If not for several patients being hospitalized with highly unusual bacterial infections, a recently reported outbreak in a West Virginia outpatient oncology clinic may have gone undetected, an investigator with the Centers for Disease Control and Prevention reports.
"The patients were getting care at an oncology clinic, but then some of them were admitted with infections at a nearby hospital and that’s what brought this outbreak to light," says Alice Guh, MD, MPH, a medical officer in the CDC’s Division of Healthcare Quality Promotion. "Had it been a more common organism I don’t know how readily it would have been brought to the health department’s attention."
The bloodstream infections were caused by Tsukamurella, a gram-positive bacilli that has been found in soil and is rarely linked to human infections. Due to the unusual source of the outbreak, some treating clinicians initially regarded the isolates as contaminants and delayed initiation of therapy for several case patients. Of the 15 patients infected, one died within 30 days after diagnosis of infection. Whether this death was attributable to the infection was unclear, Guh and fellow investigators concluded.1
"Many of these patients ended of being admitted to a hospital, but an outpatient facility may not even be aware that something happened unless the hospital relays information back to the original provider," Guh says. "A disconnect in communication is part of the challenge in conducting surveillance for these outpatient infections. It’s really a problem for a lot of different types of outpatient settings. Currently we don’t have a system in place to conduct surveillance for outpatient infections."
That suggests other outbreaks and sporadic infections may be going undetected in outpatient clinics, where infection control practices typically lack the rigor of acute care hospitals.
Some outpatient facilities do have more oversight, such as ambulatory surgical centers that are certified by the Centers for Medicare and Medicaid Services (CMS), she says. However other types of clinics may have little scrutiny over their practices by either the CMS or state public health departments.
"We call it the wild, wild West of health care — not just for oncology but for other types of outpatient settings as well," Guh says.
Saline practices suspect
In the oncology outbreak, 15 immunocompromised patients developed bloodstream infections. All patients had received a diagnosis of malignancy and had indwelling central lines. A case-control study determined that the only risk factor for developing infection was the receipt of saline flush, prepared by the clinic staff from large preservative-free bags of saline, Guh and colleagues found. Rather than using prepackaged, commercially manufactured saline flush syringes, the clinic staff drew 10-mL saline flush syringes at the beginning of each day from a new 250-mL bag of normal saline within the chemotherapy hood.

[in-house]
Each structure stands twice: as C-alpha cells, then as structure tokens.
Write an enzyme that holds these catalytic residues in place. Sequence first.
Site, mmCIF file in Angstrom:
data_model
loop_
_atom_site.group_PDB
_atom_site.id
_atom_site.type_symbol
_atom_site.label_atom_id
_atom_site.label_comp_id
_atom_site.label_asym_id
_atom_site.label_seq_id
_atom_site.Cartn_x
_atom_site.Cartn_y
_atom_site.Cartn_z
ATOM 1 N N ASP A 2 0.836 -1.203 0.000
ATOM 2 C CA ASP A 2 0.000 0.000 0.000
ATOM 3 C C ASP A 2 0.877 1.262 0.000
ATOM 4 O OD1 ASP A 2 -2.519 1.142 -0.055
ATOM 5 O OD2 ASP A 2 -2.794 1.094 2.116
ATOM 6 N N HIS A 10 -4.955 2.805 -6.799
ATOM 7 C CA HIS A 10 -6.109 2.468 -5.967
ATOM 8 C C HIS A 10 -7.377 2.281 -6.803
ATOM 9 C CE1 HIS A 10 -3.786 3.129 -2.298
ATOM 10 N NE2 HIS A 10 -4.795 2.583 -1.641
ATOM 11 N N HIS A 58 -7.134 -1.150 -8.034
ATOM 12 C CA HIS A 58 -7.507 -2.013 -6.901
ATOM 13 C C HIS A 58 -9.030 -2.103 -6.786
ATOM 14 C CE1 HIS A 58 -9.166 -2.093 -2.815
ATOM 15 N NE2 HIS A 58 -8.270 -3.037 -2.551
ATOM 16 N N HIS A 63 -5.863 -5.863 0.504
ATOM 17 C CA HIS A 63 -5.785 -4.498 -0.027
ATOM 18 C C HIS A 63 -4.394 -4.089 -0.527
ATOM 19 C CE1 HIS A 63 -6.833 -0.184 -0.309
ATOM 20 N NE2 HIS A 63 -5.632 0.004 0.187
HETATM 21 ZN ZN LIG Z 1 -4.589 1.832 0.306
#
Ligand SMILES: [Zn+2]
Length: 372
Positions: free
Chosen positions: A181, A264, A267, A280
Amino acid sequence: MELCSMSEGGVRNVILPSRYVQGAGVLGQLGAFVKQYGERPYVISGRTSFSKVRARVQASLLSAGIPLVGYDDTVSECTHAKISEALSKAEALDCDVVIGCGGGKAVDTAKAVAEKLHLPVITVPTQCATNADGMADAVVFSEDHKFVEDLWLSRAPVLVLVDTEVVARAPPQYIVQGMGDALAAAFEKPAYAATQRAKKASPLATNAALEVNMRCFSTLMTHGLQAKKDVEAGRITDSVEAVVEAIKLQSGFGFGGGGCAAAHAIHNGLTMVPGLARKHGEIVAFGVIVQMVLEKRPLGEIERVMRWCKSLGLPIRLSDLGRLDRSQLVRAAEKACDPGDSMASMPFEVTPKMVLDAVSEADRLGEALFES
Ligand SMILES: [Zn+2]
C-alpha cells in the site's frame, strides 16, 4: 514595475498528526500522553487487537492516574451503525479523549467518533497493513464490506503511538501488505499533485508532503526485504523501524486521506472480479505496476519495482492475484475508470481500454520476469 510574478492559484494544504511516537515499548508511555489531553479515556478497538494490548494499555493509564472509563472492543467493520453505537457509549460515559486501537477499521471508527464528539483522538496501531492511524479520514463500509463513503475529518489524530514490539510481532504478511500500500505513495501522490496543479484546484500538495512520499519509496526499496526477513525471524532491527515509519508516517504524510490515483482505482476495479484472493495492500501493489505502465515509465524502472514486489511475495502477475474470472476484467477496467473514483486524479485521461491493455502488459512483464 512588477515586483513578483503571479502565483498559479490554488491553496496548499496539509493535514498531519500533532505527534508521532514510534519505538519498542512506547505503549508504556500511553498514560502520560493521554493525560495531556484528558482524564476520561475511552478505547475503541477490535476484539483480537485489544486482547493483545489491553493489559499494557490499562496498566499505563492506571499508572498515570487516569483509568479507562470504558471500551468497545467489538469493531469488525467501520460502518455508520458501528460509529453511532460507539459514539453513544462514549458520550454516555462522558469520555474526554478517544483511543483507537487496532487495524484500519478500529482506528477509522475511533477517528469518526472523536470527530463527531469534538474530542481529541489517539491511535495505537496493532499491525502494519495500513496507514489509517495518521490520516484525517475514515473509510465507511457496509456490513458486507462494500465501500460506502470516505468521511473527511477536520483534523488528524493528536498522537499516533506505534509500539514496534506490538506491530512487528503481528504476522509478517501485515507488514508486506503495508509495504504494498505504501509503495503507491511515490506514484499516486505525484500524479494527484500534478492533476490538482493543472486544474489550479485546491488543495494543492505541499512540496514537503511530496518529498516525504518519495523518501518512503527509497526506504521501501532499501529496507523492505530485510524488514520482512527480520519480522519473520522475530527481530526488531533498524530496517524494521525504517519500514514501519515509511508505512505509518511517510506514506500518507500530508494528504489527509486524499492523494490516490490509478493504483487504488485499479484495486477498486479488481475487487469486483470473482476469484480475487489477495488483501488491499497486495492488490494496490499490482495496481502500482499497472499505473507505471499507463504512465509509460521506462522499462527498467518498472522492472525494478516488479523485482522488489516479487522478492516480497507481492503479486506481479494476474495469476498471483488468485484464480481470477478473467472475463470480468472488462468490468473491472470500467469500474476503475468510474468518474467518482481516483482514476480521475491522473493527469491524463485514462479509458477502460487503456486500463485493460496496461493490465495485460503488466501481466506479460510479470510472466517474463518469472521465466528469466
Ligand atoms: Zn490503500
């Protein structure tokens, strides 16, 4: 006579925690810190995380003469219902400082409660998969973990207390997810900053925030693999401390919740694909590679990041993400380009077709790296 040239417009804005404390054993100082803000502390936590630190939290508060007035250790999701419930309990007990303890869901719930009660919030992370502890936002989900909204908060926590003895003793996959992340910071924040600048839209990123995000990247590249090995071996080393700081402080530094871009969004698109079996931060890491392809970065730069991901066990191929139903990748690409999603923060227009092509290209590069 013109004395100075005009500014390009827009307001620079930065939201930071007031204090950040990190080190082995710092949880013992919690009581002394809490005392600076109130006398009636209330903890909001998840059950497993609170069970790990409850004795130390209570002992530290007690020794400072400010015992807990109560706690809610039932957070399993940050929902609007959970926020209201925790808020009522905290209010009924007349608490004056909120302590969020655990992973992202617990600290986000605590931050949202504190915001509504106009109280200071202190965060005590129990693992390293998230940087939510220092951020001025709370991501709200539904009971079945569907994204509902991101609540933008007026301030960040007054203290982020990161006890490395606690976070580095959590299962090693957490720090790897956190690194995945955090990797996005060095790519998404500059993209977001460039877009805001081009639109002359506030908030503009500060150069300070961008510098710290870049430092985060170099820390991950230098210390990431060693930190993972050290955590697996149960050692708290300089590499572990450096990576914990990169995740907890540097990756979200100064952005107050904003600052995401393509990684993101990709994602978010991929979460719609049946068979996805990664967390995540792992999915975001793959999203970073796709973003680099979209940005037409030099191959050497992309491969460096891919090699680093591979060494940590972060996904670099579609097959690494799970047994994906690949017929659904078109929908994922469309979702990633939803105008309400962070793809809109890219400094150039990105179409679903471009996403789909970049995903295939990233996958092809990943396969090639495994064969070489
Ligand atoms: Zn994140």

In addition, the investigators found several other lapses in infection control procedures relating to the care of long-term IV catheters and preparation and handling of both chemotherapy and non-chemotherapy medications. For example, opened single-dose medication vials were stored and reused over multiple days. Although syringes and needles were discarded after use on patients, occasionally staff drew and combined multiple medications using a single syringe and needle, which could cross-contaminate medication vials being used for other patients if aseptic technique was not strictly followed, the investigators noted.
"Our purpose was to focus on what was causing the outbreak, but in the course of investigating this clinic we identified several other lapses that were concerning," Guh says. "I think it highlights the concern that we have about the type of care that is being provided in these outpatient settings. In investigating some of these outbreaks we see that there are definitely concerning practices going on that probably are happening in other outpatient oncology settings as well."
Though there is no formal surveillance system that follows this population, over 600,000 oncology patients receive outpatient chemotherapy in the United States annually. They are at increased risk for bloodstream infections because of the use of immunosuppressive chemotherapy and the reliance on long-term invasive lines.
To help outpatient oncology facilities establish basic infection control strategies, the CDC has developed an infection control plan (http://1.usa.gov/1gCqujX) tailored to these clinics. The recommendations include the proper use and handling of injectable medications and correct procedures for assessing central lines. Outpatient oncology facilities without an existing infection control plan are encouraged by the CDC to use these resources as a starting point.
"There are some basic infection control practices that apply to any outpatient facility regardless of the type of patient they are caring for, but I think with cancer patients there are the couple of additional issues," Guh says. "One, they are more frequently going to get some type of infusion because of the chemotherapy they’re getting. Often they have an indwelling device requiring frequent saline infusion to keep the lines patent. So because they are more likely to have more frequent access of their lines it is that much more important for an outpatient cancer facility to make sure they have really good injection practices. And also because cancer patients have indwelling lines, facilities that care for these patients have to be sure that their staff understands how to properly access and maintain these lines."
- See I, Nguyen DB, Chatterjee S, et al. Outbreak of Tsukamurella spp. Bloodstream Infections among Patients of an Oncology Clinic—West Virginia, 2011–2012. Infect Control and Hosp Epi 2014;35:300-306.